Partial sequences of fusA, gyrB, leuS, pyrG, and rpoB, previously used to infer phylogenetic relatedness of Pantoea species (Tambong et al., 2014), were extracted from each genome used in this study. The corresponding gene sequences of the type strains of Pantoea species reported in previous studies and available in NCBI were retrieved. The genomes of type strains of newly validly published Pantoea species were used to obtain the partial sequences of the required gene loci. For MLSA, BLASTn and phylogenetic analyses, the genes were concatenated (total length, 2648 nt) in the following order: fusA (588 nt), gyrB (722 nt), leuS (623 nt), pyrG (306 nt), and rpoB (409 nt). A customized database of concatenated sequences was generated using the NCBI makeblastdb command and Blastn performed as previously reported (Tambong, 2017). The concatenated nucleotide sequences were aligned using the very accurate criterion of the CLC Genomics Workbench version 12.0 (CLC-GW12) alignment module with gap open cost of 10.0 and gap extension cost of 1.0. Aligned concatenated nucleotide sequences were used to infer maximum-likelihood (ML) phylogenies using PhyML version 3.0 (Guindon et al., 2010) and CLC-GW12 phylogenetic tree reconstruction module. The best substitution model was the general time reversible (GTR) with rate variation (G) and topology variation (T), selected on the basis of the lowest values of Bayesian information criterion (BIC = 42,167.97), Akaike information criterion (AIC = 41,607.69), and Akaike corrected information criterion (AICc = 41,614.72). ML phylogenies were executed with subtree pruning and regrafting (SPR) with nearest-neighbor interchange (NNI) tree improvement algorithms with 1000 bootstrap replicates. Trees were visualized as circular phylogram with bootstrap values above 70% showed at the group or subgrouping branching nodes.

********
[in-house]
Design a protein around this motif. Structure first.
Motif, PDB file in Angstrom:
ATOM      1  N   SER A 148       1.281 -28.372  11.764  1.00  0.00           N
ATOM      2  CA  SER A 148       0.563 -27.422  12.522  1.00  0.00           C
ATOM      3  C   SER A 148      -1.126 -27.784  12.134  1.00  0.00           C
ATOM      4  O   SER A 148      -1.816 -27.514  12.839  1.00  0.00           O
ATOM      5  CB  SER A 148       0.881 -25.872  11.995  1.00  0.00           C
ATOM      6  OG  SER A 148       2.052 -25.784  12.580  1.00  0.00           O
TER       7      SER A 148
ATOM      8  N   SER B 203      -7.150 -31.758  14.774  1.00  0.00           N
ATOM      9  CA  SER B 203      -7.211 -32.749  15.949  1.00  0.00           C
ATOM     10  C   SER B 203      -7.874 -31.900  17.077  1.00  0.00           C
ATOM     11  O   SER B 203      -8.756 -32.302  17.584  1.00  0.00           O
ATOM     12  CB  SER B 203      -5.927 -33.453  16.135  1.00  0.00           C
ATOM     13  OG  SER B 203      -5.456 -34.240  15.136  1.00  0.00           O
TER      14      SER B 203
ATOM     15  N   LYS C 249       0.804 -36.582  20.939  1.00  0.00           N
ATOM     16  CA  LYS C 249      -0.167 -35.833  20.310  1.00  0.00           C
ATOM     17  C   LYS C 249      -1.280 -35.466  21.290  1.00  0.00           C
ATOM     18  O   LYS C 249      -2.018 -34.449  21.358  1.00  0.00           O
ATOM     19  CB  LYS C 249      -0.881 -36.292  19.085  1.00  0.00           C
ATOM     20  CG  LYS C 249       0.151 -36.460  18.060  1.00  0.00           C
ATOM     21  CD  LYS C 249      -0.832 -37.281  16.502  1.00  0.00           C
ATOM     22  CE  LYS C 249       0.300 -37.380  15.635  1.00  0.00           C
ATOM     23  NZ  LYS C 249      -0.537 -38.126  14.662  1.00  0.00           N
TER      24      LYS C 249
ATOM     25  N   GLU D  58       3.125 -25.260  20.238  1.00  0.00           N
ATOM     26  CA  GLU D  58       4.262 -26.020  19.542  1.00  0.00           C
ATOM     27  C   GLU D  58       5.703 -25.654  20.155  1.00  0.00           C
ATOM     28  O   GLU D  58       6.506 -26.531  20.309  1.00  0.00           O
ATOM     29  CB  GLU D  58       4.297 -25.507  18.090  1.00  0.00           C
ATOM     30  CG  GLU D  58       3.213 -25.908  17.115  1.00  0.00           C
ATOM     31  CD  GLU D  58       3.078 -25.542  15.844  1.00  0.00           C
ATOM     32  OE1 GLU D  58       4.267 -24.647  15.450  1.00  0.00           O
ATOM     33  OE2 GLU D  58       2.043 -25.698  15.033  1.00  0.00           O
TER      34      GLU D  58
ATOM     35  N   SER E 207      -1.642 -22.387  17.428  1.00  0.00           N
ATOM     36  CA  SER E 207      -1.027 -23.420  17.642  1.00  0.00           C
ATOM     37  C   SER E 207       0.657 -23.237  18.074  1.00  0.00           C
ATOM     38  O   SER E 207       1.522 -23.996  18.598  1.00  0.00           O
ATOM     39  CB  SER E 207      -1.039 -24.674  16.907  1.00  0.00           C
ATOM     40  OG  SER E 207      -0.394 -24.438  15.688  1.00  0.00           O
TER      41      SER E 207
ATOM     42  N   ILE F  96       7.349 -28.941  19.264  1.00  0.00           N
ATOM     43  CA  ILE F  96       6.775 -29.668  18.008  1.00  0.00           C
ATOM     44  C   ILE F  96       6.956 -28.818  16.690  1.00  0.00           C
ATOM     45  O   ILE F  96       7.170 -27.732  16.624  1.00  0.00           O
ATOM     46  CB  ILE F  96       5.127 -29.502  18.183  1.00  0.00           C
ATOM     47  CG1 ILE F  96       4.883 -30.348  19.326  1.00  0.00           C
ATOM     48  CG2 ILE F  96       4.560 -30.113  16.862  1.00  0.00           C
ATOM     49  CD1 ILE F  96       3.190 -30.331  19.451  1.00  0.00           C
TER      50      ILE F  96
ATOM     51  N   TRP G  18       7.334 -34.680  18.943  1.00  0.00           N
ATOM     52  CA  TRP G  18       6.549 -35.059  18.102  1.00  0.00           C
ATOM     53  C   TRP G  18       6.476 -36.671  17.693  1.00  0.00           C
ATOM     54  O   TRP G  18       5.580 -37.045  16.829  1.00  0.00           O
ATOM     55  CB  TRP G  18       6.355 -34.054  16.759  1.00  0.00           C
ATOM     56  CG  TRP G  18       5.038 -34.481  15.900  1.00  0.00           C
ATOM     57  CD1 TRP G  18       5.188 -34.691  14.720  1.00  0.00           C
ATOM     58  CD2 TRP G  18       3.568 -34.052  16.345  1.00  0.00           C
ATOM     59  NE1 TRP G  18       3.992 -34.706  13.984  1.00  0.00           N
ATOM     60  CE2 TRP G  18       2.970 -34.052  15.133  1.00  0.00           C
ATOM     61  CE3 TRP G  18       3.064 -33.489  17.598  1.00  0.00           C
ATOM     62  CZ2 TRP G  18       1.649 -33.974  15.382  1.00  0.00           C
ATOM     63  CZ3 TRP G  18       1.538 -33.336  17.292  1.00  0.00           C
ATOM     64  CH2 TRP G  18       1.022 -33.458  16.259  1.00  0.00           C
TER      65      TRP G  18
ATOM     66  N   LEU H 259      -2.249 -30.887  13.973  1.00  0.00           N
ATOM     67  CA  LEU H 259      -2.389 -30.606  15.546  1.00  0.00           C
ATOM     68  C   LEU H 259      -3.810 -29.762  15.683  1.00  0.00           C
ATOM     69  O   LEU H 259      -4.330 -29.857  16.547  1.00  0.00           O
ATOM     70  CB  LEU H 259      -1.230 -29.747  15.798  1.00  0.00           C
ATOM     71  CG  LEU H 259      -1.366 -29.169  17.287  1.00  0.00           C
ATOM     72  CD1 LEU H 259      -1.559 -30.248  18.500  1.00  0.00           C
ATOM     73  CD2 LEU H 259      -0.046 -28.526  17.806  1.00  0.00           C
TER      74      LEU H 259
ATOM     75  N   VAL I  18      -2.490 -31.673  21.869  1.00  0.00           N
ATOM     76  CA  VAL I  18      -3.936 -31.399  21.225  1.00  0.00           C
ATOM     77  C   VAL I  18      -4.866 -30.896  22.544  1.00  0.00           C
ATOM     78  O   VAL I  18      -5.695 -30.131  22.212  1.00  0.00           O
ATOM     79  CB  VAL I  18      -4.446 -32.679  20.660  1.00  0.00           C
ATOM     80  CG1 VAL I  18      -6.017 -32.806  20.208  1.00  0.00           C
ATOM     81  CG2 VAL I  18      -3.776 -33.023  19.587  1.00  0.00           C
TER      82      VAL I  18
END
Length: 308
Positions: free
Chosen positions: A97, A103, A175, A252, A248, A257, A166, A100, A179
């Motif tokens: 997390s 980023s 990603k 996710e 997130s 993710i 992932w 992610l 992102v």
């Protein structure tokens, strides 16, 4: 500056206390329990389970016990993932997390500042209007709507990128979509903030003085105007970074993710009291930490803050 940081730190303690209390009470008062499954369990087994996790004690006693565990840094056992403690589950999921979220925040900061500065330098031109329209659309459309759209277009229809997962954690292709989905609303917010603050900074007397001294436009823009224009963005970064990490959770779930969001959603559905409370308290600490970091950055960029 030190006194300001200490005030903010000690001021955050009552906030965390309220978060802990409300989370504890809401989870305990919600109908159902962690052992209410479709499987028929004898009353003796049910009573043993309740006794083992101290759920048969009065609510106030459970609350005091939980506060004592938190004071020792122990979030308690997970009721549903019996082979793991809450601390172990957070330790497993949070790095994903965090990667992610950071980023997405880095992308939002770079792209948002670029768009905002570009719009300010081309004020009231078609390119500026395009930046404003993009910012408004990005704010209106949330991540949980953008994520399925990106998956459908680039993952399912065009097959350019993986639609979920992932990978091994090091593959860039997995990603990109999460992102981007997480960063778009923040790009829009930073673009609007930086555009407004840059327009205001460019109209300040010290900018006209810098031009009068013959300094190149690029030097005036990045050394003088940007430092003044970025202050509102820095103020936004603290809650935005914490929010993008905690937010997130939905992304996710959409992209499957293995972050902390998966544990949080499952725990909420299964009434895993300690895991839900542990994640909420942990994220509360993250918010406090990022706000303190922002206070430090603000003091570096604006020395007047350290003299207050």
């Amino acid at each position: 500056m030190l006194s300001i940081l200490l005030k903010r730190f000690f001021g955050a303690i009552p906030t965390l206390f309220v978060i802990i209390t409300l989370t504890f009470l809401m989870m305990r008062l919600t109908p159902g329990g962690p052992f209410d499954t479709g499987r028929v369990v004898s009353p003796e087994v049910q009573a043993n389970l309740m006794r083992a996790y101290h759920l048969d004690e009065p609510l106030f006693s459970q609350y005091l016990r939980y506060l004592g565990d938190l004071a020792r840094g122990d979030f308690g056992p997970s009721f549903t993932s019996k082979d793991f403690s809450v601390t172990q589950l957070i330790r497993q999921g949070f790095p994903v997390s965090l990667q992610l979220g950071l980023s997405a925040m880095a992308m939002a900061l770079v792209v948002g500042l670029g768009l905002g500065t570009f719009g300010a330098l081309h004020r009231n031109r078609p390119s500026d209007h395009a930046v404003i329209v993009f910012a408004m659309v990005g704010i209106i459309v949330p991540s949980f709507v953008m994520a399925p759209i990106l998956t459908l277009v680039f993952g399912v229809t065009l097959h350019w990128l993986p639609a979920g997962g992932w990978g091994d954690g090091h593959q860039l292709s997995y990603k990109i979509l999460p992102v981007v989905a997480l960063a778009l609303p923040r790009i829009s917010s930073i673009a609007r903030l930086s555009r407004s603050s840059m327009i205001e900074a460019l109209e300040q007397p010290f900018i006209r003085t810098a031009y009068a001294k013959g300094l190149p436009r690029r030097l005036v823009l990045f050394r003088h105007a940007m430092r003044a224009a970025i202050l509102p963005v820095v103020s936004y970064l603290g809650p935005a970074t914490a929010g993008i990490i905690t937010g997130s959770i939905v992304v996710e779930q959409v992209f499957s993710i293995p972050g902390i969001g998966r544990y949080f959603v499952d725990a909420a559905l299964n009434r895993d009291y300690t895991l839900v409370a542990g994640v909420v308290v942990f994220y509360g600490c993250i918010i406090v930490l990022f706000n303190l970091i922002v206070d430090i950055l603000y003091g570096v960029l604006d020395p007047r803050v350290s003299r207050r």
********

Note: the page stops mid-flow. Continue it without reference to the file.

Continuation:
Comparison of Whole-Genomes